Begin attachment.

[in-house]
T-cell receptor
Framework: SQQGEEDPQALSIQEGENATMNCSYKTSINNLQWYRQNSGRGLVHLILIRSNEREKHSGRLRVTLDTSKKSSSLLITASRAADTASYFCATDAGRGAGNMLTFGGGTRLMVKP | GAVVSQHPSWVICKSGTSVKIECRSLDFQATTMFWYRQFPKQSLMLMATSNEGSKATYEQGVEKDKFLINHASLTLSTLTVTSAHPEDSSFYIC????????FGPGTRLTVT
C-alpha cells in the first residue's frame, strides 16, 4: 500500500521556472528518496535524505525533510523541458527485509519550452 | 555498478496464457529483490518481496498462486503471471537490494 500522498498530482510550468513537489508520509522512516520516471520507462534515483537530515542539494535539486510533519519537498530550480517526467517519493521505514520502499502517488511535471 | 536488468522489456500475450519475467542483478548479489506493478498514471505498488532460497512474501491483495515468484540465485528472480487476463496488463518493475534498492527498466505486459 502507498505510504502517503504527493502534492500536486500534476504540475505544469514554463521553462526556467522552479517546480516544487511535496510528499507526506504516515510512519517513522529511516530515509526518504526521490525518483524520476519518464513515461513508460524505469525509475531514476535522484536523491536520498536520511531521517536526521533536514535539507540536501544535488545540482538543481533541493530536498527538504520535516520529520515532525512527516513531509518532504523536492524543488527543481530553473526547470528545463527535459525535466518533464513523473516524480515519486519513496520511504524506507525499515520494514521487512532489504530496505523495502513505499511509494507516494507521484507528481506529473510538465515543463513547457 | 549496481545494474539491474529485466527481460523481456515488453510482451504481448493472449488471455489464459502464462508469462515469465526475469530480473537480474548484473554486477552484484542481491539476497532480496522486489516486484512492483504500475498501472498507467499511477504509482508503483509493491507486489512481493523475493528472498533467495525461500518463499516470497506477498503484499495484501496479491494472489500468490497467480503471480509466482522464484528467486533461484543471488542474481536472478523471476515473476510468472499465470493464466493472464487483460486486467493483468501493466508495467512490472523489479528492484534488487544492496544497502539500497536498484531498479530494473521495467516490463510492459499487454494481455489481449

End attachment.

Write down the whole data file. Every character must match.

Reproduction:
[in-house]
T-cell receptor
Framework: SQQGEEDPQALSIQEGENATMNCSYKTSINNLQWYRQNSGRGLVHLILIRSNEREKHSGRLRVTLDTSKKSSSLLITASRAADTASYFCATDAGRGAGNMLTFGGGTRLMVKP | GAVVSQHPSWVICKSGTSVKIECRSLDFQATTMFWYRQFPKQSLMLMATSNEGSKATYEQGVEKDKFLINHASLTLSTLTVTSAHPEDSSFYIC????????FGPGTRLTVT
C-alpha cells in the first residue's frame, strides 16, 4: 500500500521556472528518496535524505525533510523541458527485509519550452 | 555498478496464457529483490518481496498462486503471471537490494 500522498498530482510550468513537489508520509522512516520516471520507462534515483537530515542539494535539486510533519519537498530550480517526467517519493521505514520502499502517488511535471 | 536488468522489456500475450519475467542483478548479489506493478498514471505498488532460497512474501491483495515468484540465485528472480487476463496488463518493475534498492527498466505486459 502507498505510504502517503504527493502534492500536486500534476504540475505544469514554463521553462526556467522552479517546480516544487511535496510528499507526506504516515510512519517513522529511516530515509526518504526521490525518483524520476519518464513515461513508460524505469525509475531514476535522484536523491536520498536520511531521517536526521533536514535539507540536501544535488545540482538543481533541493530536498527538504520535516520529520515532525512527516513531509518532504523536492524543488527543481530553473526547470528545463527535459525535466518533464513523473516524480515519486519513496520511504524506507525499515520494514521487512532489504530496505523495502513505499511509494507516494507521484507528481506529473510538465515543463513547457 | 549496481545494474539491474529485466527481460523481456515488453510482451504481448493472449488471455489464459502464462508469462515469465526475469530480473537480474548484473554486477552484484542481491539476497532480496522486489516486484512492483504500475498501472498507467499511477504509482508503483509493491507486489512481493523475493528472498533467495525461500518463499516470497506477498503484499495484501496479491494472489500468490497467480503471480509466482522464484528467486533461484543471488542474481536472478523471476515473476510468472499465470493464466493472464487483460486486467493483468501493466508495467512490472523489479528492484534488487544492496544497502539500497536498484531498479530494473521495467516490463510492459499487454494481455489481449